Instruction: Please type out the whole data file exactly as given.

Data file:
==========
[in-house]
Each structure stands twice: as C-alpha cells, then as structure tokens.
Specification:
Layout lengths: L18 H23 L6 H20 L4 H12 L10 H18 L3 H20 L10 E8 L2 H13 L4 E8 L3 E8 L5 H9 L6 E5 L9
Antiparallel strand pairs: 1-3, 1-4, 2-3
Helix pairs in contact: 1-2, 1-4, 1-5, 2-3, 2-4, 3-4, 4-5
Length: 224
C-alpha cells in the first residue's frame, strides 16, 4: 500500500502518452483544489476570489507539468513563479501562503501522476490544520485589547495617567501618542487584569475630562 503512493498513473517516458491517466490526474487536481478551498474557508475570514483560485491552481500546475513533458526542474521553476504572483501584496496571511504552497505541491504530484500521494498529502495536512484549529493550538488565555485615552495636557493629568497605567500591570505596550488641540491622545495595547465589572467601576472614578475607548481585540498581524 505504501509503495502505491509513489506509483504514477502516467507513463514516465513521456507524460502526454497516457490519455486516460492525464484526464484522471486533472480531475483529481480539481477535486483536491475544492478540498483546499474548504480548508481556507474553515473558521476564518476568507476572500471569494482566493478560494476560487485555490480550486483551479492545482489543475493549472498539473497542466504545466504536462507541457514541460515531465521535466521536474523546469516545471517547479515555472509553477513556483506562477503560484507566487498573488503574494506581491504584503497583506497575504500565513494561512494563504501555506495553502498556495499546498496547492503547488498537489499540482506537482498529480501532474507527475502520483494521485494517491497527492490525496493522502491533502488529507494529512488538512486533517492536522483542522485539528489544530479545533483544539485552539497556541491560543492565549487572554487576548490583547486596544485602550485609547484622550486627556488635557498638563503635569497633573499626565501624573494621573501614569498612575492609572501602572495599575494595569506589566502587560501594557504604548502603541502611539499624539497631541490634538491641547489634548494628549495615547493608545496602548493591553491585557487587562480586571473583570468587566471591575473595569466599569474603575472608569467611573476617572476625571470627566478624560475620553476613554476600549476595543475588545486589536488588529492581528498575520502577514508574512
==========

[in-house]
Each structure stands twice: as C-alpha cells, then as structure tokens.
Specification:
Layout lengths: L18 H23 L6 H20 L4 H12 L10 H18 L3 H20 L10 E8 L2 H13 L4 E8 L3 E8 L5 H9 L6 E5 L9
Antiparallel strand pairs: 1-3, 1-4, 2-3
Helix pairs in contact: 1-2, 1-4, 1-5, 2-3, 2-4, 3-4, 4-5
Length: 224
C-alpha cells in the first residue's frame, strides 16, 4: 500500500502518452483544489476570489507539468513563479501562503501522476490544520485589547495617567501618542487584569475630562 503512493498513473517516458491517466490526474487536481478551498474557508475570514483560485491552481500546475513533458526542474521553476504572483501584496496571511504552497505541491504530484500521494498529502495536512484549529493550538488565555485615552495636557493629568497605567500591570505596550488641540491622545495595547465589572467601576472614578475607548481585540498581524 505504501509503495502505491509513489506509483504514477502516467507513463514516465513521456507524460502526454497516457490519455486516460492525464484526464484522471486533472480531475483529481480539481477535486483536491475544492478540498483546499474548504480548508481556507474553515473558521476564518476568507476572500471569494482566493478560494476560487485555490480550486483551479492545482489543475493549472498539473497542466504545466504536462507541457514541460515531465521535466521536474523546469516545471517547479515555472509553477513556483506562477503560484507566487498573488503574494506581491504584503497583506497575504500565513494561512494563504501555506495553502498556495499546498496547492503547488498537489499540482506537482498529480501532474507527475502520483494521485494517491497527492490525496493522502491533502488529507494529512488538512486533517492536522483542522485539528489544530479545533483544539485552539497556541491560543492565549487572554487576548490583547486596544485602550485609547484622550486627556488635557498638563503635569497633573499626565501624573494621573501614569498612575492609572501602572495599575494595569506589566502587560501594557504604548502603541502611539499624539497631541490634538491641547489634548494628549495615547493608545496602548493591553491585557487587562480586571473583570468587566471591575473595569466599569474603575472608569467611573476617572476625571470627566478624560475620553476613554476600549476595543475588545486589536488588529492581528498575520502577514508574512